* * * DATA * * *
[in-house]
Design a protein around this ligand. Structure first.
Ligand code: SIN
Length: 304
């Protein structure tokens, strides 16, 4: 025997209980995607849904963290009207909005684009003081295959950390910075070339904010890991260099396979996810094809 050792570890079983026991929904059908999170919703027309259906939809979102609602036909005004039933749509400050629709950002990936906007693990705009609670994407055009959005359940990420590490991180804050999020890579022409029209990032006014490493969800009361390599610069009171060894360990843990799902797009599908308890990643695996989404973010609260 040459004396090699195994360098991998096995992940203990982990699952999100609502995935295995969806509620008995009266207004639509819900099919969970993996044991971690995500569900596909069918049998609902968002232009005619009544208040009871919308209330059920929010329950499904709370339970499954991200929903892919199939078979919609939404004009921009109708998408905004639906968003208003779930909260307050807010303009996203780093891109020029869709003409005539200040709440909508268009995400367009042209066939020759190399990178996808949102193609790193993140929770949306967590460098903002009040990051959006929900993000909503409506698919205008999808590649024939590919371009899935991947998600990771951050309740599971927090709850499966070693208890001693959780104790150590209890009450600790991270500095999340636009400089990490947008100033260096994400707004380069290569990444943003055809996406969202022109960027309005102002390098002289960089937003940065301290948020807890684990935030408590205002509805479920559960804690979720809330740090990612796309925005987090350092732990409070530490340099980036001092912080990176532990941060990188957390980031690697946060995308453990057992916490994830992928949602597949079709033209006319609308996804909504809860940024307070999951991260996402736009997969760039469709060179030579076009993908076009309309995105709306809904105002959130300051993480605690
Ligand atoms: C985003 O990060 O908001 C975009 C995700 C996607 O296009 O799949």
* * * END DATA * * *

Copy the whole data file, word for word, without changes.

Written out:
[in-house]
Design a protein around this ligand. Structure first.
Ligand code: SIN
Length: 304
């Protein structure tokens, strides 16, 4: 025997209980995607849904963290009207909005684009003081295959950390910075070339904010890991260099396979996810094809 050792570890079983026991929904059908999170919703027309259906939809979102609602036909005004039933749509400050629709950002990936906007693990705009609670994407055009959005359940990420590490991180804050999020890579022409029209990032006014490493969800009361390599610069009171060894360990843990799902797009599908308890990643695996989404973010609260 040459004396090699195994360098991998096995992940203990982990699952999100609502995935295995969806509620008995009266207004639509819900099919969970993996044991971690995500569900596909069918049998609902968002232009005619009544208040009871919308209330059920929010329950499904709370339970499954991200929903892919199939078979919609939404004009921009109708998408905004639906968003208003779930909260307050807010303009996203780093891109020029869709003409005539200040709440909508268009995400367009042209066939020759190399990178996808949102193609790193993140929770949306967590460098903002009040990051959006929900993000909503409506698919205008999808590649024939590919371009899935991947998600990771951050309740599971927090709850499966070693208890001693959780104790150590209890009450600790991270500095999340636009400089990490947008100033260096994400707004380069290569990444943003055809996406969202022109960027309005102002390098002289960089937003940065301290948020807890684990935030408590205002509805479920559960804690979720809330740090990612796309925005987090350092732990409070530490340099980036001092912080990176532990941060990188957390980031690697946060995308453990057992916490994830992928949602597949079709033209006319609308996804909504809860940024307070999951991260996402736009997969760039469709060179030579076009993908076009309309995105709306809904105002959130300051993480605690
Ligand atoms: C985003 O990060 O908001 C975009 C995700 C996607 O296009 O799949």